Welcome to the NSF AI Planning Institute for Data-Driven Discovery. Physics applications of AI have led to some of the most exciting recent breakthroughs, from the synthesized radio imaging of the event horizon of a black hole (which used Machine Learning for image reconstruction) to explorations of the functioning of the human genome (Deep Learning for regulatory genomics and cellular imaging).
Scientists at CMU in departments such as Machine Learning and Statistics actively collaborate with scientists in the Department of Physics because of the opportunity for each field to spur development in the other. This collaboration is now accelerating, with weekly interactive seminars, now including AI scientists, astrophysicists, particle physicists, and an emerging team of biophysicists.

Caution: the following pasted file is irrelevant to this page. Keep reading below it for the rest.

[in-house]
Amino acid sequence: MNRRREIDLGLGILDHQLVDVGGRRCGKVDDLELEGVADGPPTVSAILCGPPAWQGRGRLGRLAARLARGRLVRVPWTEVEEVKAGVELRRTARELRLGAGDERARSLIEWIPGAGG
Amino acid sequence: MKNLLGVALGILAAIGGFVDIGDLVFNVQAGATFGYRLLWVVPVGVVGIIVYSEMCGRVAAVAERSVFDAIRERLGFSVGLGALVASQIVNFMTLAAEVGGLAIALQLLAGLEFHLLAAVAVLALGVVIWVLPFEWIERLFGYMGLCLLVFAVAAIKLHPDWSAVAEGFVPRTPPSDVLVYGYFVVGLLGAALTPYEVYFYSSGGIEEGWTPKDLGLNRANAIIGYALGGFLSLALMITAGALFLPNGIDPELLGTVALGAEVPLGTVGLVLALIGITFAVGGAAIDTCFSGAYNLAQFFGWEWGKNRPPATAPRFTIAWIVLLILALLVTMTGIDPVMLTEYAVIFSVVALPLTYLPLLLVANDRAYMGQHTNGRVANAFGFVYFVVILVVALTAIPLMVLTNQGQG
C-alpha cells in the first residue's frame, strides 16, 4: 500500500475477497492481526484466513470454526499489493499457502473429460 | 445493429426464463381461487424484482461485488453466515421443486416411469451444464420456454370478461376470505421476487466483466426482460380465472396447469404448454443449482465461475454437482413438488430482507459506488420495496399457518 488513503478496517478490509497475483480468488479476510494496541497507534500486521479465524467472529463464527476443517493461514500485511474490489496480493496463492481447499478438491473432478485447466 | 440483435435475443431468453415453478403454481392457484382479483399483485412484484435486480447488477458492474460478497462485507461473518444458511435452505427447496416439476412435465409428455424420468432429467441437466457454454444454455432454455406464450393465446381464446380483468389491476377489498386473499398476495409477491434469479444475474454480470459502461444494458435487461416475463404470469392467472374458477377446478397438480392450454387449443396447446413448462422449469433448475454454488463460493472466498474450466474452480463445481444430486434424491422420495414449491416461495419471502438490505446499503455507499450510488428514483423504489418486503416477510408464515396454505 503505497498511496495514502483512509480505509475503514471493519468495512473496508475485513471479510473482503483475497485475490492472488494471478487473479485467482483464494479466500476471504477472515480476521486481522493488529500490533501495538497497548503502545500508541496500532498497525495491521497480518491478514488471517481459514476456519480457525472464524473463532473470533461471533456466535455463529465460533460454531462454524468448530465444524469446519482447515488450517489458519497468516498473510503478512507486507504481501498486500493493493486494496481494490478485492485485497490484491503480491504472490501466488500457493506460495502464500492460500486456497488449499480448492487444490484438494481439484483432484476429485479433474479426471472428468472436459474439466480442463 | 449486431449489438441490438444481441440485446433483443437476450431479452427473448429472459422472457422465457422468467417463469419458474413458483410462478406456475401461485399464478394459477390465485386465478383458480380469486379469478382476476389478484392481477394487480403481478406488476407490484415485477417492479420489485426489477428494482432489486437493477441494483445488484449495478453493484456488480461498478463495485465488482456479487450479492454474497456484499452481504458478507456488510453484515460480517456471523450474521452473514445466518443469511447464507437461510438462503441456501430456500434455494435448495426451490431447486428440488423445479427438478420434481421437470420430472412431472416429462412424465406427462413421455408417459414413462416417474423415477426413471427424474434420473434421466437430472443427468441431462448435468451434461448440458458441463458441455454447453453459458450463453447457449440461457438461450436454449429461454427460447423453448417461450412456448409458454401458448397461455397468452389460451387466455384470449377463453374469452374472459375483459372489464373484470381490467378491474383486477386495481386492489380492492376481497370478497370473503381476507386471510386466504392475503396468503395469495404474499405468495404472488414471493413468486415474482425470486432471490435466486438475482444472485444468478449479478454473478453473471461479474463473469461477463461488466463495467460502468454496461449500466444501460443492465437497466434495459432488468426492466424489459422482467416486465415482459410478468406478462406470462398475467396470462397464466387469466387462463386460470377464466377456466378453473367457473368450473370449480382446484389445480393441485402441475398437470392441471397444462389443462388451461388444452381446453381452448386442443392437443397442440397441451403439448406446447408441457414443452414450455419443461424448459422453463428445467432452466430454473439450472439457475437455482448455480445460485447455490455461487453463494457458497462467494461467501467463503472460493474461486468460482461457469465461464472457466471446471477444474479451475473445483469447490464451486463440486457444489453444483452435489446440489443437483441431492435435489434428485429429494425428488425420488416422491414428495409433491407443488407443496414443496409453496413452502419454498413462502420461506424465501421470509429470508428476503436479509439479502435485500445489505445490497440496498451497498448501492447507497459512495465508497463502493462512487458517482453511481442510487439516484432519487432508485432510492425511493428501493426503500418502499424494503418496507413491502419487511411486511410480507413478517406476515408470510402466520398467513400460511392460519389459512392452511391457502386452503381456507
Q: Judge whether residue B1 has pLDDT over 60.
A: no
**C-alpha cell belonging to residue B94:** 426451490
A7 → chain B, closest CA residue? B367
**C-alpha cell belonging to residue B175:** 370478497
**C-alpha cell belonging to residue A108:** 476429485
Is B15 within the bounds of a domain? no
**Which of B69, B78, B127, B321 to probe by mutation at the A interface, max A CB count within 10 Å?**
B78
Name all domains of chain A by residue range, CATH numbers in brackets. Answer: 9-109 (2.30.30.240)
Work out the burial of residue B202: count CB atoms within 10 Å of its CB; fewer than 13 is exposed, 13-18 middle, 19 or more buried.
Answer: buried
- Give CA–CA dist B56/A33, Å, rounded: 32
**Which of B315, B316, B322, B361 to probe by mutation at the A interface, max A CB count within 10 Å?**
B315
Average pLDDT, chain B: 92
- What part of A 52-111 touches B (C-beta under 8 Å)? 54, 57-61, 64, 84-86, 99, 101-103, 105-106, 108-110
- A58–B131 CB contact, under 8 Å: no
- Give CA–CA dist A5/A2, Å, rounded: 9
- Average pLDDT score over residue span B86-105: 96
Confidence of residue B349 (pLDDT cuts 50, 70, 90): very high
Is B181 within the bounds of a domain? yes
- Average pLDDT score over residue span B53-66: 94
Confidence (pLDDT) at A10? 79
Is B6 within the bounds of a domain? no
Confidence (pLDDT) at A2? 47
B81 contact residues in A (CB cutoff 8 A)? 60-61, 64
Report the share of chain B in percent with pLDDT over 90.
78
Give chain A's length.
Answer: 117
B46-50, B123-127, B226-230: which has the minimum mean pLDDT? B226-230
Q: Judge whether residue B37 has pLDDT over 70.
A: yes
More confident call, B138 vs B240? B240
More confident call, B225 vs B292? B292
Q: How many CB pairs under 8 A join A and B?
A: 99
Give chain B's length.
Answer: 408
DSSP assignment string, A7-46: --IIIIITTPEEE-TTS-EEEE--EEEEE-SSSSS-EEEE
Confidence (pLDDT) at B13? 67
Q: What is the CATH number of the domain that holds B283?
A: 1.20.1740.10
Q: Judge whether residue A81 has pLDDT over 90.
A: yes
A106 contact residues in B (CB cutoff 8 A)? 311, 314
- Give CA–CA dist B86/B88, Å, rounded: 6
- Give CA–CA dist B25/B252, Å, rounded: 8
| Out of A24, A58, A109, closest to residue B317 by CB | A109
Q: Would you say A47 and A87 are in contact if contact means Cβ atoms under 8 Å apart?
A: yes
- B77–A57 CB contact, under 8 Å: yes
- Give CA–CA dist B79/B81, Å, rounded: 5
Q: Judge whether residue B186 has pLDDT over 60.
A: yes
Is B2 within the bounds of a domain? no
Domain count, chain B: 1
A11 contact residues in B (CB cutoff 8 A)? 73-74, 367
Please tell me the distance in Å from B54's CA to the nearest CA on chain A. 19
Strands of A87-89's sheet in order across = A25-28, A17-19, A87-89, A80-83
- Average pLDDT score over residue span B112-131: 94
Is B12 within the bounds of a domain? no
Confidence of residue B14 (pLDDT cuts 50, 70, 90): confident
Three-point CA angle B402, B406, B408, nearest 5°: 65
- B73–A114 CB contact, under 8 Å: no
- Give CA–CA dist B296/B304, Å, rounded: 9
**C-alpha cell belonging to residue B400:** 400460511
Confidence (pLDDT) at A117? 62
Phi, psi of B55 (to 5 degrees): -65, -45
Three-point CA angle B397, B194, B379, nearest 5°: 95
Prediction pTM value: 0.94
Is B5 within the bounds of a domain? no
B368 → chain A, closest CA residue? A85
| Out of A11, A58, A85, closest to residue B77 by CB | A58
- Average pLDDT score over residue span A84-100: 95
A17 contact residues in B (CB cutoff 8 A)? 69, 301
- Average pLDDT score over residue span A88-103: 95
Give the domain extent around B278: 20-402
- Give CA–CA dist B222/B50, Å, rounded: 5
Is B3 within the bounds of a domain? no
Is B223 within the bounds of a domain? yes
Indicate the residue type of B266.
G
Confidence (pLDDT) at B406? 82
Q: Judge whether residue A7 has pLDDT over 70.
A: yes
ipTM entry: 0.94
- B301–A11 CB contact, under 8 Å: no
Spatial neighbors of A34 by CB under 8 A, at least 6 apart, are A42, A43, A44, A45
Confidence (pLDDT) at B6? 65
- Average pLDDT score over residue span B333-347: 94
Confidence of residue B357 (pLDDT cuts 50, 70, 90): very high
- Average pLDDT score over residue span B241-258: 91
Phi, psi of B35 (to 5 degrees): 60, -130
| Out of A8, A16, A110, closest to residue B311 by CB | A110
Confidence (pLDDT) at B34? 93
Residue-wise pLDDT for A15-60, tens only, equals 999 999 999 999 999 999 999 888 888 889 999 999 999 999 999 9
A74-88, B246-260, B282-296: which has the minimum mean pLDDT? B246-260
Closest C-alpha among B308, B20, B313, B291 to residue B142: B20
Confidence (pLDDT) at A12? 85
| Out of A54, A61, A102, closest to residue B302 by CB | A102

Our past work together spanning two decades, the recent excitement generated by these no-jargon seminars, and our recent NSF award emboldens us to propose a joint Physics/AI Planning Institute. The aim is to bring cutting edge methods from AI into a broad range of physics areas, to rapidly propagate successful methods from one field of Physics to another thereby avoiding replication of effort, and to facilitate back-transfer from the data-rich sub-fields of physics to AI development.
The Planning phase will focus on areas where CMU scientists are already leaders, in which there are existing strong collaborations between physicists and AI researchers, and where rapid advances are being made: astrophysics, subatomic physics, and biophysics. Applying AI will lead to significant advances in the areas of dark energy and galaxy formation; new ways of extracting information about the Higgs bosons and anomalies in gluon physics; and enhanced understanding of biological networks and predictions for cancerous tissues. Benefits in the other direction are clear as well: physics provides complex use cases and profound problems that motivate AI researchers to advance foundational AI.